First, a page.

Household appliance in space.
"We've been using the magnetrons, the tubes the microwaves come from, out of conventional microwave ovens," says engineering professor Michael M. Micci of Pennsylvania State University in State College. "They're inexpensive." Micci and his students bombard a gaseous fuel in their prototype's combustion cham- ber with microwaves to create a superheated cloud called a plasma. The plasma ignites incoming fuel, which then shoots out of an ordinary rocket nozzle. Burning the fuel at a higher temperature increases combustion efficiency, says Micci. This thruster design could reduce by 50 percent the amount of propel- lant needed to keep satellites from drifting.
As spacecraft generate more electric power, propulsion devices like the micro- wave thruster are gaining popularity. Micci claims his microwave thruster exceeds other electric devices in lifetime and efficiency.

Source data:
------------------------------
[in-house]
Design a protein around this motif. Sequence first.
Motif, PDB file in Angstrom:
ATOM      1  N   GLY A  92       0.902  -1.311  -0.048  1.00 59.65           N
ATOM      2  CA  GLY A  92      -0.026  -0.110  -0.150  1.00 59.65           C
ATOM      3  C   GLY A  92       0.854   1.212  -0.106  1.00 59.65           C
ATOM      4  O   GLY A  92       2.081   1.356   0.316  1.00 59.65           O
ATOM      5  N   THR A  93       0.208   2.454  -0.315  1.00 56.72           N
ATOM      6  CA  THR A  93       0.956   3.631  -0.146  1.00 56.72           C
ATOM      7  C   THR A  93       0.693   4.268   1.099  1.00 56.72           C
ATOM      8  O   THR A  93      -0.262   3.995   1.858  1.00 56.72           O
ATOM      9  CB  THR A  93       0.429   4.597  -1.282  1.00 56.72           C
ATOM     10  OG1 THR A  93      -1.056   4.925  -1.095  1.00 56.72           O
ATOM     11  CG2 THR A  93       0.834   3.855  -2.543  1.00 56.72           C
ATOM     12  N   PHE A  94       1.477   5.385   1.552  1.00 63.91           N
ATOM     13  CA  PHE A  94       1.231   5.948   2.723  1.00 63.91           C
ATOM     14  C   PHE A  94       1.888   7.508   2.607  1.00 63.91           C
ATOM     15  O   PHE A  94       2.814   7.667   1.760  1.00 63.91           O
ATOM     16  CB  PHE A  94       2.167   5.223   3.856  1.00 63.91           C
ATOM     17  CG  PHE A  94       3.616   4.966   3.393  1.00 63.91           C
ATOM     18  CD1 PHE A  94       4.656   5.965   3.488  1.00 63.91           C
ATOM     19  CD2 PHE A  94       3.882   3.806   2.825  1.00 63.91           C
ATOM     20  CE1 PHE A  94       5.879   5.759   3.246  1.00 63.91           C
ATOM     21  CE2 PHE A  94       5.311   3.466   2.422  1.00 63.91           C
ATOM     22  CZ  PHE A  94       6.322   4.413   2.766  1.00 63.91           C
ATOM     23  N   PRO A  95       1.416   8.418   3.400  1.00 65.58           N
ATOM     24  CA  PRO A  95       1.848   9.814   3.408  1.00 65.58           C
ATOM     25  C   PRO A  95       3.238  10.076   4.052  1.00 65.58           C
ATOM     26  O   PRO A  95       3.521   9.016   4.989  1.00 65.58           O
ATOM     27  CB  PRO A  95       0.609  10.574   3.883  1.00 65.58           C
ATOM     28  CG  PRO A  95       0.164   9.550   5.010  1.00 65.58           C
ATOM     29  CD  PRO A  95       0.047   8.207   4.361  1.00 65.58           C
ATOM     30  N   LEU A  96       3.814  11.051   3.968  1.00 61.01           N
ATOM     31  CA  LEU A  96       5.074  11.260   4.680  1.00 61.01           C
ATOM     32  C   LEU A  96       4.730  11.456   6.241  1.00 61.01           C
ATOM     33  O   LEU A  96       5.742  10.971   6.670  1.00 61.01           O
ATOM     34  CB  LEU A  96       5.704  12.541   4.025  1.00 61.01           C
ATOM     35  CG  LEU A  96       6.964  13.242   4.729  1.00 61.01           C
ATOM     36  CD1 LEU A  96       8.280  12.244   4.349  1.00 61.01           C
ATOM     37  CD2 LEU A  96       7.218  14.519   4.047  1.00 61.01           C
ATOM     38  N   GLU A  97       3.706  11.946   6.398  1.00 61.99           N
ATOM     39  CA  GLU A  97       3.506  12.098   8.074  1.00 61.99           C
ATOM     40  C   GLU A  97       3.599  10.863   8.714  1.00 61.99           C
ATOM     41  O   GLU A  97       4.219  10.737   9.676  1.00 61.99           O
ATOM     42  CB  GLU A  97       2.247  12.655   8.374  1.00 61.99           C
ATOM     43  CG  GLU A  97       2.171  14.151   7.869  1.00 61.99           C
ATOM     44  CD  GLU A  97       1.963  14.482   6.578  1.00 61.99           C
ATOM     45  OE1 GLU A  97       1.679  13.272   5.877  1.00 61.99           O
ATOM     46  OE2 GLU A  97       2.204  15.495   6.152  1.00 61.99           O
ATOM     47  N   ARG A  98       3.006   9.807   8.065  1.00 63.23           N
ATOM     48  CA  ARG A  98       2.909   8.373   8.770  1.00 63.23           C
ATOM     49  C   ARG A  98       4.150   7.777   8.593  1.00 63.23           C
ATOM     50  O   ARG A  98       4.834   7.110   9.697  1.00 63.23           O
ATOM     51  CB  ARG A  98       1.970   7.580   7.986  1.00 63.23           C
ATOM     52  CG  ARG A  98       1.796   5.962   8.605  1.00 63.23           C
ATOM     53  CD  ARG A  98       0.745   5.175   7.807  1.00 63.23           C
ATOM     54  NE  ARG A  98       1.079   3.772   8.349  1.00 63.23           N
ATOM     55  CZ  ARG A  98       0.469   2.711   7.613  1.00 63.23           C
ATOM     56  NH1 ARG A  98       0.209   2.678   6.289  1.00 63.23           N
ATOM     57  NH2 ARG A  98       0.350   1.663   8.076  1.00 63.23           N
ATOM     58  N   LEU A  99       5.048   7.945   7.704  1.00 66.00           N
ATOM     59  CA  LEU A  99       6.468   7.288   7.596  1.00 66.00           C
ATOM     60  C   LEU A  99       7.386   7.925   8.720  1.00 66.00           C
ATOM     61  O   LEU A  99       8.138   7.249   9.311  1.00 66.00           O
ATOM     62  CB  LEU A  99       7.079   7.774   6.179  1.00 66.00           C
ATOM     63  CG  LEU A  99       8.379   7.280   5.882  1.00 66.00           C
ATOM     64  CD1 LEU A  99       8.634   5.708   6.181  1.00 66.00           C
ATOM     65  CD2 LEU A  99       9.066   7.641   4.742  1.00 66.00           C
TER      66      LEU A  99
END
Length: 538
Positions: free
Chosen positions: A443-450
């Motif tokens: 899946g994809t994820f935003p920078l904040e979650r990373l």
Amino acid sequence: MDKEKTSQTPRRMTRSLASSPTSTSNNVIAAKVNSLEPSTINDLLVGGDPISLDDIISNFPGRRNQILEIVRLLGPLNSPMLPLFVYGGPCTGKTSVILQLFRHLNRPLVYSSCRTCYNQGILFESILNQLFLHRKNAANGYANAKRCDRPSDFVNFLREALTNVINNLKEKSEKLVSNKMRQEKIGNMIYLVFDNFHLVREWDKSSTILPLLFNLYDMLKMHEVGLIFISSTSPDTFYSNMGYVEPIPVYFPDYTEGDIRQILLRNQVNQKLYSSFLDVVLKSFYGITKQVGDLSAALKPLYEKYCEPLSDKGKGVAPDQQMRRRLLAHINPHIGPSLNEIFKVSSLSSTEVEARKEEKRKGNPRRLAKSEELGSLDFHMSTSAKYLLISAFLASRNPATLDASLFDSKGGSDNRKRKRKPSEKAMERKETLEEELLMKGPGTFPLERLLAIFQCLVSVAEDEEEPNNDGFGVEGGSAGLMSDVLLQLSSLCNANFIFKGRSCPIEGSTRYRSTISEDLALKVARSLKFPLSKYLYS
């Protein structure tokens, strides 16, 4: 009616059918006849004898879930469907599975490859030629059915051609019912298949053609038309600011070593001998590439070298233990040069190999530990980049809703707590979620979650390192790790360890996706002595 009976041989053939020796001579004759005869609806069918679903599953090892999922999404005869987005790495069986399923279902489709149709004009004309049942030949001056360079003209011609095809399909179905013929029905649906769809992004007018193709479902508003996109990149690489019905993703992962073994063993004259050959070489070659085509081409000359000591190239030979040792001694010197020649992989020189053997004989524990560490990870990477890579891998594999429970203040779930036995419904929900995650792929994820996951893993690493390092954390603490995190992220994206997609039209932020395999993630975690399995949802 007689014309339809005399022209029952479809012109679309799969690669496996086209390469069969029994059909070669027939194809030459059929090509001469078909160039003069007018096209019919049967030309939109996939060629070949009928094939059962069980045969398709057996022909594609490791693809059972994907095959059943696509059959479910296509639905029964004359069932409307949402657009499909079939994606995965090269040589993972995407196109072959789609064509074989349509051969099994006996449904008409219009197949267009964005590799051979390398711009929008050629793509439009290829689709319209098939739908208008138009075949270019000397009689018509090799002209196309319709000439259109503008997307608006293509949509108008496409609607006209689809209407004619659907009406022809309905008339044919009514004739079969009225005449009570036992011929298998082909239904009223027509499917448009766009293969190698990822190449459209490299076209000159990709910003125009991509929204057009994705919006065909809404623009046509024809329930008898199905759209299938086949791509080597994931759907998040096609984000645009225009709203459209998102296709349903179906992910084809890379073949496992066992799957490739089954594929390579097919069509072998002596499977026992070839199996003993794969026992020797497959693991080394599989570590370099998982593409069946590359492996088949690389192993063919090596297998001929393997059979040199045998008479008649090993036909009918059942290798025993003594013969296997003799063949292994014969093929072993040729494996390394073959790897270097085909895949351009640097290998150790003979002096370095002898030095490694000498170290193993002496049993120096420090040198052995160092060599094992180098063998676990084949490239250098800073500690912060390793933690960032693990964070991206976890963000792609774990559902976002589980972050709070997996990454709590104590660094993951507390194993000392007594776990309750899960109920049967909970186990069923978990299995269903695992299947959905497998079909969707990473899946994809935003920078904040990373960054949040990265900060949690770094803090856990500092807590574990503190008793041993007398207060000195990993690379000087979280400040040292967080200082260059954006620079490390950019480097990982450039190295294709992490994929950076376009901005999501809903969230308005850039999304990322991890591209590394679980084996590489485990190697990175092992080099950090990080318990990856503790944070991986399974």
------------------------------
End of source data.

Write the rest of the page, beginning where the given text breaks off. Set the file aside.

"The concept has merit," says James Sovey, an aerospace engineer at NASA's Lewis Research Center in Cleveland. The real problem with developing a new thruster today is not technology, he adds, but funding.
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|Title Annotation:||microwave thruster on spacecraft|
|Article Type:||Brief Article|
|Date:||Oct 26, 1996|
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